The late busbee’s imprint on current country music is posthumously bolstered by the ongoing success of Maren Morris, where he could always be counted on to at least toe the lines of what could be considered radio-fare. Sometimes, he’d hit big, and other times, those who’d check it would love what they found. Grassroots artists working with busbee tended to build small but dedicated fanbases, and looking at this production discography, that’s worst-case scenario, with Haley Reinhart, Jana Kramer, Hunter Hayes amongst them. What he lends to a song like ‘Call Me’ is that likelihood; country flavours abound in the instrumental, and lyrics about weekend playlists keep things universal, allowing Pearce to stay centre-stage.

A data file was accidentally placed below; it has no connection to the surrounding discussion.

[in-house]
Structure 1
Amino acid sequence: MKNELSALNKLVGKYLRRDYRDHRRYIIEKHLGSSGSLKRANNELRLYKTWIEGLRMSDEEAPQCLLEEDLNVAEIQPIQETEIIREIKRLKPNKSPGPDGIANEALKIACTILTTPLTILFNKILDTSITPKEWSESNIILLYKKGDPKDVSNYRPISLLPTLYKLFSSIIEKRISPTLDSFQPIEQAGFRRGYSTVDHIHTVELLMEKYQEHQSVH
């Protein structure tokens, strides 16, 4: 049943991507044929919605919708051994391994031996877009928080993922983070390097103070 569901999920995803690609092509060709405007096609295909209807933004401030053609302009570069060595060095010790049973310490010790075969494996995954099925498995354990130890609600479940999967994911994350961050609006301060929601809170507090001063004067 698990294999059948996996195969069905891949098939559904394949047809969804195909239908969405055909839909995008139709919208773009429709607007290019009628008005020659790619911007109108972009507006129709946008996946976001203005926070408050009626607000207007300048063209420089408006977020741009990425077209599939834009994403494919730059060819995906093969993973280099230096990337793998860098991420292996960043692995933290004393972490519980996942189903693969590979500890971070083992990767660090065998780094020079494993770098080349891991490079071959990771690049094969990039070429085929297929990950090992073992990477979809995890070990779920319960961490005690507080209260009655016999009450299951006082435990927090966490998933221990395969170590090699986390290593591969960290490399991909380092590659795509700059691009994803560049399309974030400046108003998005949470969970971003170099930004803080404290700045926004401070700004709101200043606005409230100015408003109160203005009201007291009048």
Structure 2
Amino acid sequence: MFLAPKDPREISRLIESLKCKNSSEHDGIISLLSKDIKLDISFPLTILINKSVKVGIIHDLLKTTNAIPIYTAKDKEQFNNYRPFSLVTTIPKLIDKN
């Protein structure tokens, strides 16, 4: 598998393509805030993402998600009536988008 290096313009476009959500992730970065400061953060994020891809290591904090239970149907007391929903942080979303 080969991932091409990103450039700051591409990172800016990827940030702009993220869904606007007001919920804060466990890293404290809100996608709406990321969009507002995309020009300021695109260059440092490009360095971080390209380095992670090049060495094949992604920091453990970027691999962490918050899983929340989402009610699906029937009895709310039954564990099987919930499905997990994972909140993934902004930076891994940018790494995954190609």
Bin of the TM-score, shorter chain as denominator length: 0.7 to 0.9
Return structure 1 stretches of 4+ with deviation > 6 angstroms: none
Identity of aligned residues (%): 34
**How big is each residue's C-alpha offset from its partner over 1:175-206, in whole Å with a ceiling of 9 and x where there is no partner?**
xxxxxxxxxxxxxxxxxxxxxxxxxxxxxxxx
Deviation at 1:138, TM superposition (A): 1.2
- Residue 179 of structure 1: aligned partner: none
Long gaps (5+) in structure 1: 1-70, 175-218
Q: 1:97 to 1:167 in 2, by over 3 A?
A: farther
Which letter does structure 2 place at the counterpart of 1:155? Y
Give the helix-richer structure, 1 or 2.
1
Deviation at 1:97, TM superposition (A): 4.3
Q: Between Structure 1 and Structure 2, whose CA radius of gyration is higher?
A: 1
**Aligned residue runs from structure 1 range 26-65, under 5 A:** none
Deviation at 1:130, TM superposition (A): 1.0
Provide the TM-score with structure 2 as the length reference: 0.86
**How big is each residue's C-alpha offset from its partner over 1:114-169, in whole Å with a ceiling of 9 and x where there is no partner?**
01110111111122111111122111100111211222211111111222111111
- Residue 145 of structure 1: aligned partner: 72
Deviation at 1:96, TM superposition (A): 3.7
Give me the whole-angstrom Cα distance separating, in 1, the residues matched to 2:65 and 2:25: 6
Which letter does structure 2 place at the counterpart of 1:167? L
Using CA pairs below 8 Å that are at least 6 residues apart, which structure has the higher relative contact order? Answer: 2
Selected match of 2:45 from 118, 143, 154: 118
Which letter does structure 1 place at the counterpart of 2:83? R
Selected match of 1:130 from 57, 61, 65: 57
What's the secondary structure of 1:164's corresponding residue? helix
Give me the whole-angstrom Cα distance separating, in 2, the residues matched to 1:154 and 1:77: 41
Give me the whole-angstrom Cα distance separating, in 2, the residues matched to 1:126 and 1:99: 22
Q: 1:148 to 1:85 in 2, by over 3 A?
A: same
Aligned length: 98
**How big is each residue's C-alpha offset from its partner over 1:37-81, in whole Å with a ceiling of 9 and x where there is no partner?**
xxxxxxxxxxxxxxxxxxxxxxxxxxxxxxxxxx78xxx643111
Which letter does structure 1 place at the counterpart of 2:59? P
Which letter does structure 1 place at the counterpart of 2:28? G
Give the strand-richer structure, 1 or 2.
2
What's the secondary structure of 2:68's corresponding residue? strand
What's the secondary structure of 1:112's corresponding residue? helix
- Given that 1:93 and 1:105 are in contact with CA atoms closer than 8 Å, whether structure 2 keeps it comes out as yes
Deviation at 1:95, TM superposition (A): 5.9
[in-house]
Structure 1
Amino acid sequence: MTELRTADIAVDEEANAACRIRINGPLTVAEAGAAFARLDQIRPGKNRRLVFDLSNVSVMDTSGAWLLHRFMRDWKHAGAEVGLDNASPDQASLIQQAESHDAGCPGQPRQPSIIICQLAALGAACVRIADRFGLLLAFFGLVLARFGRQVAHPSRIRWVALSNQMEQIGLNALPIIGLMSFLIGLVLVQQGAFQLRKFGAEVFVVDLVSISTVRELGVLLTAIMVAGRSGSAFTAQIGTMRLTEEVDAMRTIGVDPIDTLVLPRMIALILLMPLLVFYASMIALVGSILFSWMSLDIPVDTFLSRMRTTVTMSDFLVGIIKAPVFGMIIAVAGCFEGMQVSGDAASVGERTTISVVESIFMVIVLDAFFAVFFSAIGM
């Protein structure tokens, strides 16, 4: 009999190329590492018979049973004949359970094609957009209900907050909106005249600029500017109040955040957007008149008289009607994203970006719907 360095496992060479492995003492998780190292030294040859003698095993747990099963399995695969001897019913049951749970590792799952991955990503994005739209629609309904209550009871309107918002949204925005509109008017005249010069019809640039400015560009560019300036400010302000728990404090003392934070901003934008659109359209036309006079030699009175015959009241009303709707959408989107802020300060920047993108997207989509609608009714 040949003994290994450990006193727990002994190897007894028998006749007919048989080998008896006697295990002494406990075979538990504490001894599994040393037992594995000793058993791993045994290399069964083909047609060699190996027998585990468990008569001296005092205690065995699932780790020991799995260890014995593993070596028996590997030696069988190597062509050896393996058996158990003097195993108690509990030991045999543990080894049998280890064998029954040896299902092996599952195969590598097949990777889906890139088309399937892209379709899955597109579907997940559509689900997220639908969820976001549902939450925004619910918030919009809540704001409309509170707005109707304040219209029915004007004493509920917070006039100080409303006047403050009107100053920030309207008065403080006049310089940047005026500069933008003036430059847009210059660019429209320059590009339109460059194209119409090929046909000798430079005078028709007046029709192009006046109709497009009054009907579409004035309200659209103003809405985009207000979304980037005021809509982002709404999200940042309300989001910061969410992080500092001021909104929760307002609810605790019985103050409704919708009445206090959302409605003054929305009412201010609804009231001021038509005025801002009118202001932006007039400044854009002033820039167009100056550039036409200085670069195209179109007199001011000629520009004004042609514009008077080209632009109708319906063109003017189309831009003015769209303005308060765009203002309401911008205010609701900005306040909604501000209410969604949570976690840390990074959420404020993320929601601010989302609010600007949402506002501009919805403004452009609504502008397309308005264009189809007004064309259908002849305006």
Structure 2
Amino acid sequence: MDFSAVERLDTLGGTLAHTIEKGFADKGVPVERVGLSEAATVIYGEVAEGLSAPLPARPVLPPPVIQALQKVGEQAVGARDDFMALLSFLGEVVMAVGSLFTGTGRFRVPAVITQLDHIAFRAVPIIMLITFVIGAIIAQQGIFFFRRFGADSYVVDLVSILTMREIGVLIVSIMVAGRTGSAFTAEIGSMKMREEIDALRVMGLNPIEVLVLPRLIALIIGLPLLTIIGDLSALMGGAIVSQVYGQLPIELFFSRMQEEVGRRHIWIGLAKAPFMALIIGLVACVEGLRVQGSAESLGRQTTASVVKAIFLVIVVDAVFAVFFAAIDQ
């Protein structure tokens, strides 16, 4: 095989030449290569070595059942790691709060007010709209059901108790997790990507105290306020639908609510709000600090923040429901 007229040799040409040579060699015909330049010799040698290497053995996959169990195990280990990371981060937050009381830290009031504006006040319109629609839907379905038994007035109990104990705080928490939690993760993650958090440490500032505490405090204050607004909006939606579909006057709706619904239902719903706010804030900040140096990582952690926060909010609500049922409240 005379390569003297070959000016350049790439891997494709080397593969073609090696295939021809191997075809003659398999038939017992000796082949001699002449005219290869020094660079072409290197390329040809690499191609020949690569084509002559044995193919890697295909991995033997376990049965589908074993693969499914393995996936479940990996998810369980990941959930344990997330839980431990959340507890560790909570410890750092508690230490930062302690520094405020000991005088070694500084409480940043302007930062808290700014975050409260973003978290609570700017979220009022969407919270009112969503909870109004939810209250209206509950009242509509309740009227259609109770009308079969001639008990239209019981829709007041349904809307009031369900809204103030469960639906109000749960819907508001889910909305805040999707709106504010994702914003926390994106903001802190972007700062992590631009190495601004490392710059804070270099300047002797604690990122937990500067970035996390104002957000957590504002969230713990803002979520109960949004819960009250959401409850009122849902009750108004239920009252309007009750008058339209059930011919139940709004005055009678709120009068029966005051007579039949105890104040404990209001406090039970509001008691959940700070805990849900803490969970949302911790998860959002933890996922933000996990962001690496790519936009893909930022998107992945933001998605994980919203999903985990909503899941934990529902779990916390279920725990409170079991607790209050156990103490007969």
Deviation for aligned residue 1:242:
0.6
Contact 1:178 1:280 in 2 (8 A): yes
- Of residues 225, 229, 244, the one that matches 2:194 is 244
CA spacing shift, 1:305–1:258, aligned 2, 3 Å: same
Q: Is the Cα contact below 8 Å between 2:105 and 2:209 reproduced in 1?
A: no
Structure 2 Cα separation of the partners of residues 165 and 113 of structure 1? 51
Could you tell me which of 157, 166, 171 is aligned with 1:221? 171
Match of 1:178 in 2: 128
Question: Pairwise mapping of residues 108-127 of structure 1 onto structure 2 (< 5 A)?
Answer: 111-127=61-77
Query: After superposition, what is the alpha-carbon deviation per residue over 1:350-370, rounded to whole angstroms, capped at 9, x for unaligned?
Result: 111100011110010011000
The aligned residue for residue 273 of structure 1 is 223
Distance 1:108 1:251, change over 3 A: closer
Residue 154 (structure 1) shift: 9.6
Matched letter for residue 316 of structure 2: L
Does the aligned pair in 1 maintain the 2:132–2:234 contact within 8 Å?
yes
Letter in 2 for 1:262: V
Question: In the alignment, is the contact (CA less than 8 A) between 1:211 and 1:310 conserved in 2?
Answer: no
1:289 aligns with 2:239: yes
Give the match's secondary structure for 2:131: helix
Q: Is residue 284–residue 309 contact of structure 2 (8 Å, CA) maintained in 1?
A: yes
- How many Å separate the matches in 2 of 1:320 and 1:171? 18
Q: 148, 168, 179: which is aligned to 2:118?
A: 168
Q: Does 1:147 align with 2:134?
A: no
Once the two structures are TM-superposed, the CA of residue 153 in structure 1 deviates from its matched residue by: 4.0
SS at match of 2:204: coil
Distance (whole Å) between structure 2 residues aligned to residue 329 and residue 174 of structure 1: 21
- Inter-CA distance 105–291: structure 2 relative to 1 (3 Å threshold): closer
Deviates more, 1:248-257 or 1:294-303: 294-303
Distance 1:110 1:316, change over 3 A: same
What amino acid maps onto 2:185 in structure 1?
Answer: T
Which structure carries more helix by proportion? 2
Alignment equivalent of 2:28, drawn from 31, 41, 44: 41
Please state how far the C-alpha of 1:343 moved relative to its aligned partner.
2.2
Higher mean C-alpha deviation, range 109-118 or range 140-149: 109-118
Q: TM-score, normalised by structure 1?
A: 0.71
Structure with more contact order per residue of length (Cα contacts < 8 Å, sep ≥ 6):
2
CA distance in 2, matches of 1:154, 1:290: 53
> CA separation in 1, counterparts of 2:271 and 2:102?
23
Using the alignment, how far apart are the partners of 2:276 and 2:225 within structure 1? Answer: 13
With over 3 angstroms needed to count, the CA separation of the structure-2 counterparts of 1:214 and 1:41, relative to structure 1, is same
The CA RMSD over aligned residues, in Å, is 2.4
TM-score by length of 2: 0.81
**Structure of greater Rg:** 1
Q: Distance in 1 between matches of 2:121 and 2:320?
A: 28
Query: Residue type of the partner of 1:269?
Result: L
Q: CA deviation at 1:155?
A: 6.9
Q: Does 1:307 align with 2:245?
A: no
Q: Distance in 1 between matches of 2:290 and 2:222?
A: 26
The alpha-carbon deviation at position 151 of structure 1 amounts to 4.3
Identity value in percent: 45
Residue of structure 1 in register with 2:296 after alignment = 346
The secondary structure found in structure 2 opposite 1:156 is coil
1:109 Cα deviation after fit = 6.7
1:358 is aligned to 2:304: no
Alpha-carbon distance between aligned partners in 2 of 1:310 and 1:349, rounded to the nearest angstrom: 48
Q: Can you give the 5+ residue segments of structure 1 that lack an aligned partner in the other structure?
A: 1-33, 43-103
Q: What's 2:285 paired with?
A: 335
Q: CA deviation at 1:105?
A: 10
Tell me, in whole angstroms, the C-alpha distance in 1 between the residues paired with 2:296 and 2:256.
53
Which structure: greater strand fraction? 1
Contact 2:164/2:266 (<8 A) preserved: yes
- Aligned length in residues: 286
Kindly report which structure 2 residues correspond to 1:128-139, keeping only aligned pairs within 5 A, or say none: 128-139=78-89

On ‘Call Me’, unusual chord phrasings smash through expectations of what this song could have been, and instead of a melismatic vocal, it’s choppy and punchy and fun. Personality in full swing, this deservedly follows ‘Hide The Wine’ and its winning formula. Carly Pearce has her own niche to carve. It’s not boilerplate country pop, and neither does she have to scream and shout for the effects of this song to be noticeable and effective. That bouncy, chilled out chorus and groovy bassline hit the same tone as Little Big Town’s Pontoon and Lady Antebellum’s Downtown, cool moments where artists showed they can be years into a career and still find fun in the studio. Three melodies are better than two, and here’s a perfect example of how flexible and varied songwriting can pack quite the punch; the pre-chorus amps things up for the fantastic danceable chorus that’s frankly irresistible. It all makes for one of Pearce’s most seductive singles to date, and I hope this is the path she continues to follow.